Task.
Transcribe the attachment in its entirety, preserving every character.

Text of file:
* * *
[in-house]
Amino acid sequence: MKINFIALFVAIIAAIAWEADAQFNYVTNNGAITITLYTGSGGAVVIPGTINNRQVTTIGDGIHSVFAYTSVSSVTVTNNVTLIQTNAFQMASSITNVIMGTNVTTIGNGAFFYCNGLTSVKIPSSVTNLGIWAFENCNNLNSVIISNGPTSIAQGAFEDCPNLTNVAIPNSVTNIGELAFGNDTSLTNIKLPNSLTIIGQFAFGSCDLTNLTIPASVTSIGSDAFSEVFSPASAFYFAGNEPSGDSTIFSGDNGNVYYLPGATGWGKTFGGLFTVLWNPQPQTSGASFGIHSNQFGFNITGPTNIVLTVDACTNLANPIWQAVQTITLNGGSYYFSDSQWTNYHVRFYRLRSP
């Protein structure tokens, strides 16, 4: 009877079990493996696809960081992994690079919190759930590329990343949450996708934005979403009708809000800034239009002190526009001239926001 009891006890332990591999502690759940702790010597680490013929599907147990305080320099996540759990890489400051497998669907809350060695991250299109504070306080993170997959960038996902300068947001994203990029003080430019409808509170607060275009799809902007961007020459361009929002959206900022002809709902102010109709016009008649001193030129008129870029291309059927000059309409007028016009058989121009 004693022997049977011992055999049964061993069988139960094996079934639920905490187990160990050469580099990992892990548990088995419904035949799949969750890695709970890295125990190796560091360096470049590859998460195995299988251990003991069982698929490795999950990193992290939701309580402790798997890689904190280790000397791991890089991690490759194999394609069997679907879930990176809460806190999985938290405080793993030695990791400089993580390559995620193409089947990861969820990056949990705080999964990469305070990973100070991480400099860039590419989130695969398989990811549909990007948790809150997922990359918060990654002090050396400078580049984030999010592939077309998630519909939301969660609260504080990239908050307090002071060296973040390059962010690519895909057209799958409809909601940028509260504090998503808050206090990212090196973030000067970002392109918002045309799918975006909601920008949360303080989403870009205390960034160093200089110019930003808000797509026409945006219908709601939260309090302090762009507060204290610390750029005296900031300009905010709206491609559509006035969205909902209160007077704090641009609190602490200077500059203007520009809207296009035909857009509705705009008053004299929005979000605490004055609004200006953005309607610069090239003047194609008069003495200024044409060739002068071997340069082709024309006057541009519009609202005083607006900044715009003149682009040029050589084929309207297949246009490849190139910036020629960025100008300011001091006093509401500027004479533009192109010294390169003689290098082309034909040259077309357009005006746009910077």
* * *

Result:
[in-house]
Amino acid sequence: MKINFIALFVAIIAAIAWEADAQFNYVTNNGAITITLYTGSGGAVVIPGTINNRQVTTIGDGIHSVFAYTSVSSVTVTNNVTLIQTNAFQMASSITNVIMGTNVTTIGNGAFFYCNGLTSVKIPSSVTNLGIWAFENCNNLNSVIISNGPTSIAQGAFEDCPNLTNVAIPNSVTNIGELAFGNDTSLTNIKLPNSLTIIGQFAFGSCDLTNLTIPASVTSIGSDAFSEVFSPASAFYFAGNEPSGDSTIFSGDNGNVYYLPGATGWGKTFGGLFTVLWNPQPQTSGASFGIHSNQFGFNITGPTNIVLTVDACTNLANPIWQAVQTITLNGGSYYFSDSQWTNYHVRFYRLRSP
């Protein structure tokens, strides 16, 4: 009877079990493996696809960081992994690079919190759930590329990343949450996708934005979403009708809000800034239009002190526009001239926001 009891006890332990591999502690759940702790010597680490013929599907147990305080320099996540759990890489400051497998669907809350060695991250299109504070306080993170997959960038996902300068947001994203990029003080430019409808509170607060275009799809902007961007020459361009929002959206900022002809709902102010109709016009008649001193030129008129870029291309059927000059309409007028016009058989121009 004693022997049977011992055999049964061993069988139960094996079934639920905490187990160990050469580099990992892990548990088995419904035949799949969750890695709970890295125990190796560091360096470049590859998460195995299988251990003991069982698929490795999950990193992290939701309580402790798997890689904190280790000397791991890089991690490759194999394609069997679907879930990176809460806190999985938290405080793993030695990791400089993580390559995620193409089947990861969820990056949990705080999964990469305070990973100070991480400099860039590419989130695969398989990811549909990007948790809150997922990359918060990654002090050396400078580049984030999010592939077309998630519909939301969660609260504080990239908050307090002071060296973040390059962010690519895909057209799958409809909601940028509260504090998503808050206090990212090196973030000067970002392109918002045309799918975006909601920008949360303080989403870009205390960034160093200089110019930003808000797509026409945006219908709601939260309090302090762009507060204290610390750029005296900031300009905010709206491609559509006035969205909902209160007077704090641009609190602490200077500059203007520009809207296009035909857009509705705009008053004299929005979000605490004055609004200006953005309607610069090239003047194609008069003495200024044409060739002068071997340069082709024309006057541009519009609202005083607006900044715009003149682009040029050589084929309207297949246009490849190139910036020629960025100008300011001091006093509401500027004479533009192109010294390169003689290098082309034909040259077309357009005006746009910077």